There may have been better teams before George Welsh came to Charlottesville—the 1913, 1914, and 1915 squads are the three best UVA squads in history according to Sports-Reference’s Simple Rating System (SRS); Buck Mayer’s exploits for those squads put him a close second to Dudley. Art Guepe’s 1951 squad was the first to earn a bowl invitation and the first to end the season ranked in the final AP poll. But no single player shined brighter than Dudley, and he carries the torch for all those squads onto our Mount Rushmore.
Others considered: Sam Honaker (quarterback, 1906–09); Eugene “Buck” Mayer (halfback, 1912–15); Gene Edmonds (halfback, 1948–49); Joe Palumbo (guard, 1949–51); Jim Bakhtiar (fullback, 1955–57); Frank Quayle (halfback, 1966–68).
Shawn Moore - quarterback, 1987-90
The late 1980s and early 1990s might as well be called the “Moore Era” of UVA football, as the famed Moore-to-Moore connection—Shawn throwing to wide receiver Herman—lifted Virginia to heights it had not known before and has only sniffed since.
Moore’s junior campaign in 1989 is UVA’s only 10-win season—ever. His senior season in 1990 brought Charlottesville its first and still only AP #1 ranking. Moore was fourth in the NCAA in passing efficiency in 1989 and led the country in that category in 1990. Despite missing the Hoos’ 1990 regular season finale with a dislocated thumb, Moore finished fourth in Heisman voting; at the time, it was the best-ever showing for an ACC player. (Herman Moore finished sixth, too.)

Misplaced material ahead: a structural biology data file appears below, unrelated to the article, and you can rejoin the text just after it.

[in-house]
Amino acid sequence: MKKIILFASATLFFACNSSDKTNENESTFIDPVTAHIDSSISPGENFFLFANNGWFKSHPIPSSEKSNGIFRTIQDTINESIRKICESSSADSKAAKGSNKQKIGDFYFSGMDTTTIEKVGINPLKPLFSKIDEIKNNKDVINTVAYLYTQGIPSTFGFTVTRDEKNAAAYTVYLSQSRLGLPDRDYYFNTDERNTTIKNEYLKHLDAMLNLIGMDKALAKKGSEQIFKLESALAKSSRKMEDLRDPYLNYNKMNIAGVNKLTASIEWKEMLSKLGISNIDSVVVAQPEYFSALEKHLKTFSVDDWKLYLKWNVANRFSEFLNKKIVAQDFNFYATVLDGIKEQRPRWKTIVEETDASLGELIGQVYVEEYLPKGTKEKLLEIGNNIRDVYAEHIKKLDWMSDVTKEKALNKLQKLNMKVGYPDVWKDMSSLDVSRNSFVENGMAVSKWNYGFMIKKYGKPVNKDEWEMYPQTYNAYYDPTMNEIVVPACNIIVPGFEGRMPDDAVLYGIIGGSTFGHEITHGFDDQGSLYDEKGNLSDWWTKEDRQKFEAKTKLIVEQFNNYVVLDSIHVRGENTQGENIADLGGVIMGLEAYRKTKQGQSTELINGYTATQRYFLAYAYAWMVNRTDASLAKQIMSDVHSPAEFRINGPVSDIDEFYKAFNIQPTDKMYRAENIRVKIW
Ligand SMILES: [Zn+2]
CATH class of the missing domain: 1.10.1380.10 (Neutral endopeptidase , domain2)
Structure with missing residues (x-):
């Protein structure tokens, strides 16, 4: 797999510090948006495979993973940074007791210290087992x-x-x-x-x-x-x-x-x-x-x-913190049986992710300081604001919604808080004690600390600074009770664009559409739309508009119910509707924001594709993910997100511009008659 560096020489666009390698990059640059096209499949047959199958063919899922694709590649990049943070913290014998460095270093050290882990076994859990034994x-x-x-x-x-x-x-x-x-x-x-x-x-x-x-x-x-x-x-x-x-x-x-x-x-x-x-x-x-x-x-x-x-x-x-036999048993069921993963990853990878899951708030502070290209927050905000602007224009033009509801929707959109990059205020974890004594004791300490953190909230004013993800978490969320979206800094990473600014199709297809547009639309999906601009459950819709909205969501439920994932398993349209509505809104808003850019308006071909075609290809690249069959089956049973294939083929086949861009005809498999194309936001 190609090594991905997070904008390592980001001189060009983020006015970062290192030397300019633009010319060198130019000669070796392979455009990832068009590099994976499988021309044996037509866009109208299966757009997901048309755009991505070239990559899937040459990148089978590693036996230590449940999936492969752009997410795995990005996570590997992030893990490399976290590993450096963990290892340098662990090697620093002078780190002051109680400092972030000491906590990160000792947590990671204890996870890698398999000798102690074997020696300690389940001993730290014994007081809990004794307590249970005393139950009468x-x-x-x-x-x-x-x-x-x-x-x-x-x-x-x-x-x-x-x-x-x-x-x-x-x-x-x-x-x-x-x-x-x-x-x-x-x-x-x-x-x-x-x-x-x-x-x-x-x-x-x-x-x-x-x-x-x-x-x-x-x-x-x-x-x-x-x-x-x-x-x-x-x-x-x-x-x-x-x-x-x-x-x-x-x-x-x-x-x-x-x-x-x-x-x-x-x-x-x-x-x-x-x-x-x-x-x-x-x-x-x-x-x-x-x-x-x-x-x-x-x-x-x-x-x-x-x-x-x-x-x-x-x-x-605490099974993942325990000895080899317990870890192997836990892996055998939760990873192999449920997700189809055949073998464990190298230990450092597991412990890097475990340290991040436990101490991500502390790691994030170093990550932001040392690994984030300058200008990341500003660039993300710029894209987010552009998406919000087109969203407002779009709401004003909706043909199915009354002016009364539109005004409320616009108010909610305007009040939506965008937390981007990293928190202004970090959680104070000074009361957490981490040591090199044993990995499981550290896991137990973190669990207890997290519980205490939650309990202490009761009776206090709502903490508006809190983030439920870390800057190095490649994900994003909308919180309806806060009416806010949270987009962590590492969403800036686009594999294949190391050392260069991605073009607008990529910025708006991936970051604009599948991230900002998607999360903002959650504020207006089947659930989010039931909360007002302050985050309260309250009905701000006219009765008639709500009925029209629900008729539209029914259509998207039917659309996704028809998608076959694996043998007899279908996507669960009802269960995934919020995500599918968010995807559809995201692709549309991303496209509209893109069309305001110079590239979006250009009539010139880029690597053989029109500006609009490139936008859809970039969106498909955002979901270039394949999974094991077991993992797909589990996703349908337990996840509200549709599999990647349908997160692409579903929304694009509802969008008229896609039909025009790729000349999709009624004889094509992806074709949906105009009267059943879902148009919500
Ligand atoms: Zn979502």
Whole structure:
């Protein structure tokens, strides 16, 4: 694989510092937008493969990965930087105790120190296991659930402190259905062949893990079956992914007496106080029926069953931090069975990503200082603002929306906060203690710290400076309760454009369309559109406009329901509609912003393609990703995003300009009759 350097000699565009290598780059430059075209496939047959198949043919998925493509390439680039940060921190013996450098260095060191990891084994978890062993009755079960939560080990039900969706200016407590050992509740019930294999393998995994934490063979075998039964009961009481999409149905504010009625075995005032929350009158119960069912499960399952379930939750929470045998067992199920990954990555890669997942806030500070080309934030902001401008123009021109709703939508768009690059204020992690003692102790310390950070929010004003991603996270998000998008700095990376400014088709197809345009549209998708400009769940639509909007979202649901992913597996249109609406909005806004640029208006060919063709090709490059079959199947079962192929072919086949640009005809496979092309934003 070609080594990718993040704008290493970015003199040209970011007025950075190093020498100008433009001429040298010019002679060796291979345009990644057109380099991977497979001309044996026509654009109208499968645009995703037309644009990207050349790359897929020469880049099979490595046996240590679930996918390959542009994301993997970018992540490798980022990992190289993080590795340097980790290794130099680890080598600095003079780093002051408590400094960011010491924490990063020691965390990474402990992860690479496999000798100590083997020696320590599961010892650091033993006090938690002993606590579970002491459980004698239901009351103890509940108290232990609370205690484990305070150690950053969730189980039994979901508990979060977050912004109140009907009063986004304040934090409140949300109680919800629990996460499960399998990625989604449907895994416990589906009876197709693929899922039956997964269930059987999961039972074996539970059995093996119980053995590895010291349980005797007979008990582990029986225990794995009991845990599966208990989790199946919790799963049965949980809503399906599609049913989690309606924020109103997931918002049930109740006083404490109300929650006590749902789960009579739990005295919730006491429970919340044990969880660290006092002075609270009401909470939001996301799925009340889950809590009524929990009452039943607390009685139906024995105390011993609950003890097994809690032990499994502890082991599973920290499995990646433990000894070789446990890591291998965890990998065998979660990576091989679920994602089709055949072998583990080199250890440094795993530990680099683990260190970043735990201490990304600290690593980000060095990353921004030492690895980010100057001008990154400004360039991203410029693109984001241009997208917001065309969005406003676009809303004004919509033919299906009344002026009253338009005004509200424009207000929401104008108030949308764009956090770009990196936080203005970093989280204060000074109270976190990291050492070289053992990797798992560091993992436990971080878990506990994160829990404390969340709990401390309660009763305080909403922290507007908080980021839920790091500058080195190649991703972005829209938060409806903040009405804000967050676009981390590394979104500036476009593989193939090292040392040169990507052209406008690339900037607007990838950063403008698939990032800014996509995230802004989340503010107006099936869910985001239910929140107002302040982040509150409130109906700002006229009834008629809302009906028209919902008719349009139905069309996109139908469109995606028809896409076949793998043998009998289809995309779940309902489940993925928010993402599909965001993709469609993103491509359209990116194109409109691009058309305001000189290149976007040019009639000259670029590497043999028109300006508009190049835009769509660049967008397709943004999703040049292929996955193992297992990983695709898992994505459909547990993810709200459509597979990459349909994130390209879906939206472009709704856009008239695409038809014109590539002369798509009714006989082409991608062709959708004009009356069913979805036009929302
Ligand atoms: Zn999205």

Moore’s professional playing career was relatively unremarkable, but he returned to Grounds as an assistant coach in 2010.
Numerous other players built the foundation through the 1980s, and plenty more powered the consistent, sometimes-spectacular teams of the 1990s. But when Virginia football was at its peak, it was Shawn Moore who took them there.
Others considered: Jim Dombrowski (offensive tackle, 1982–85); Terry Kirby (running back, 1989–92); Herman Moore (1988–90); Chris Slade (defensive end, 1989–92); Tiki Barber (running back, 1993–96); Anthony Poindexter (defensive back, 1995–98); Thomas Jones (running back, 1996–99).